Gem/Stone Healer in Jaipur. Scam? Real?

#1 Aug 7th, 2010, 20:39
Join Date:
Jun 2010
  • bailey00 is offline
hi all,

ive since left india but i REALLY would love ANY information on a gem/stone healer in Jaipur
I am wondering it this guy is a scam or legitimate.
I feel extremely foolish and embarassed for posting this but i just want more information if there is any available

also - if others very familiar with jaipur know of this guy and he is a scam or legit than i can warn or recommend.

name of store: Neel Gems
Anjay Sr....

he meets with people one to one in back of a small narrow gem shop in his office

this may be the same guy as the one Lonely planet reccomends, but that was dr chaum (something like that) and this guys last name begins Sriva....,
there is one pdf article on the web ABOUT the dr. chaum/lonelplanet, written by a. sriv.... (the guy i met)

the rikshaw people who took me and a friend around all day took me to this gem /stone healer

the previous day a couple from my hotel recommended him but said he did NOT charge a fee, no pressure, and it was up to you to donate if you felt like doing so. they did not mention the urgency to buy a stone or anything negative. that it was such an amazing amazing experience

so i went. to be honest he said a lot of things that really effected me and hit home, BUT i had been traveling solo and after 6 weeks in india, i was a little edgy (with the stares, touts and constant harassment and the staring...) so i think i was a bit vulnerable in retrospect
after telling me all of the good and bad, he said that i needed a stone to heal a certain chakra
it was a small stone worth about $5-$15 usd
he said the cost was $150 and it came with a mantra and a cleansing ceremony and it would assist in the rebalance of my chakra

i was astounded by the price but he did say a lot of things that really got to me, (he placed his hands over mine and read my energy)

But, is $150 a ridiculous price?
i read today that ayurveda or true stone healers are NOT supposed to ask for money for the stone..
that this goes against the healing code of conduct

he also said he ran an orphanage in pushkar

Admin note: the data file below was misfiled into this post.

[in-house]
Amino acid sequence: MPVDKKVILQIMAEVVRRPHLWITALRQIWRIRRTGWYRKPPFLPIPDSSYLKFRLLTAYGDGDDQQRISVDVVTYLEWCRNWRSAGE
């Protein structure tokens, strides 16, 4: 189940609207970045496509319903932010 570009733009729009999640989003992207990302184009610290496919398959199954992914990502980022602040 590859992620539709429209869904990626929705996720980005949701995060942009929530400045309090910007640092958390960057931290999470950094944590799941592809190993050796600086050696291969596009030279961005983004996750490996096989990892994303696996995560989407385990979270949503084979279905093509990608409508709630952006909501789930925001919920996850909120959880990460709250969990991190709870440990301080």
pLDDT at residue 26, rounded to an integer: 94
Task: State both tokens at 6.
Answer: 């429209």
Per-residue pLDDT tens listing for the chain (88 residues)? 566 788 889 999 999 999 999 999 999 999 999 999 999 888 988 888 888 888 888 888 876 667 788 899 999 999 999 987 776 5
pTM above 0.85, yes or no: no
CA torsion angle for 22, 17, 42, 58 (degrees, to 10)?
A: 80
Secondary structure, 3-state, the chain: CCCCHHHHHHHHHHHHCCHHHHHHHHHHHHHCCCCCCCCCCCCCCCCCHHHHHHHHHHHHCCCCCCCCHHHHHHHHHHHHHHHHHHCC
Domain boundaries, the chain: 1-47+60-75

the rikshaw people took me to another textile/clothing store where the proprietor said he paid 29K rp for his stone and that everyone knows of this stone healer

Has ANYONE heard of this guy?
IS he legitimate?
or was this a scam.

i cannot believe i gave over that ridiculous amount of money because i am a measly backpacker.... and it was a lot for me.... and now i dont know what to think

thanks for any info and responses

does this guy really heal?
does he run an orphanage in pushkar?
Last edited by bailey00; Aug 8th, 2010 at 12:49..
#2 Aug 7th, 2010, 20:41
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Dec 2008
In the land of awesomeness
  • aarosh is offline
Towards the right or the bottom of the page you have some similar posts.
#3 Aug 7th, 2010, 22:22
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Jan 2005
  • machadinha is offline
What do you think? The above has "scam" written all over it.

So, if it looks like one & talks like one... Best to walk the other way. (ps, Only on rereading now I see you didn't. That's a pity. Well, something learned for a next time, right.

Do you -- the plural and rhetorical you, as in one/people -- normally pay a perfect stranger whatever they ask and through the nose for their "healing stones" or powers or similar where you live? Why are people prone to doing so in exotic reportedly mystical far-away places?

But, hey, consider it a nice souvenir and who knows if it doesn't do you some good. Beating yourself over the head with it for years to come certainly won't. Better to move on.)
#4 Aug 7th, 2010, 22:50
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Apr 2009
  • jituyadav is offline
Depending on the stone, $150 may also be a good bargain for the stone. This is a normal price for some good quality gems, so get that checked.